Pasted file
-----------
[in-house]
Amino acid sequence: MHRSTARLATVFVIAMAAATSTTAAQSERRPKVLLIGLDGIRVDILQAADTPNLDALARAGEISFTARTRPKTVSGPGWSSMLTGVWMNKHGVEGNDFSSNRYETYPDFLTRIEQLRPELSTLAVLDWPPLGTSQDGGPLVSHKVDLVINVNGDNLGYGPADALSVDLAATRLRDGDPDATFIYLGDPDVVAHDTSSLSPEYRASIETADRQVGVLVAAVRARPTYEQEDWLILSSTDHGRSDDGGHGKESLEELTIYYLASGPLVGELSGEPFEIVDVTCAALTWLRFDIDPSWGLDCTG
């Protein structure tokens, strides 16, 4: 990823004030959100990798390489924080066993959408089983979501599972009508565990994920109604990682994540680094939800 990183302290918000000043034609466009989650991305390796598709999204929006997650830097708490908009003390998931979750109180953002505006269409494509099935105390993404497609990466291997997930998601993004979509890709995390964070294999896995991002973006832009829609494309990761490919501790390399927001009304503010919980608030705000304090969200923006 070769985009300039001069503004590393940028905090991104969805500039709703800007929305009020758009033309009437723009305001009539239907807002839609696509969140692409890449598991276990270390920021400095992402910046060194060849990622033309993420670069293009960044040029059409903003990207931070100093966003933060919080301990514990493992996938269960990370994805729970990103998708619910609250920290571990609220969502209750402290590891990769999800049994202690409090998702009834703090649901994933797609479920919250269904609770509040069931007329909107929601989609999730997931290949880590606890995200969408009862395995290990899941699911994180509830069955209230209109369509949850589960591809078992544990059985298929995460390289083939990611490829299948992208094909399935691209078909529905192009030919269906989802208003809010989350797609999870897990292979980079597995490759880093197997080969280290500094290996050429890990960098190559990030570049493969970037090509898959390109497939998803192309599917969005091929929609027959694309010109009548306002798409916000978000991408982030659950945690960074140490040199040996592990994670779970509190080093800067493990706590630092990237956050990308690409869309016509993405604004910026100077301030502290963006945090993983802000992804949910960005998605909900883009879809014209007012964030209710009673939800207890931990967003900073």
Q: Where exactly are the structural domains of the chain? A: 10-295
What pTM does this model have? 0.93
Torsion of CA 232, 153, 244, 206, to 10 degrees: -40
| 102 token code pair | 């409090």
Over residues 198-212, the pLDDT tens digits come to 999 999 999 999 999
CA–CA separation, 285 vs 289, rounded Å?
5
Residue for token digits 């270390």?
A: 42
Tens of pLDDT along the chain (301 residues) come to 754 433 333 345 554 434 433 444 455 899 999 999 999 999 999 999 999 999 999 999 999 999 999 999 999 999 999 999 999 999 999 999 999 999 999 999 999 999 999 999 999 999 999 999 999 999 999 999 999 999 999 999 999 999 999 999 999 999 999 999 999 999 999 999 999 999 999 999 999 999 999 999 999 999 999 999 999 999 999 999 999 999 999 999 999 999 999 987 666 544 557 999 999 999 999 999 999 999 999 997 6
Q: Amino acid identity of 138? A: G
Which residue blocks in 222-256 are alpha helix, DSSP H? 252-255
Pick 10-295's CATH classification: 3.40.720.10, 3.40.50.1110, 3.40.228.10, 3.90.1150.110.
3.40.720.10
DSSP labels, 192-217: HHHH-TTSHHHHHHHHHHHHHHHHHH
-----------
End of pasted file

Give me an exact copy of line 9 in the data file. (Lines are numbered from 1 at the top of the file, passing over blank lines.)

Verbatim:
CA–CA separation, 285 vs 289, rounded Å?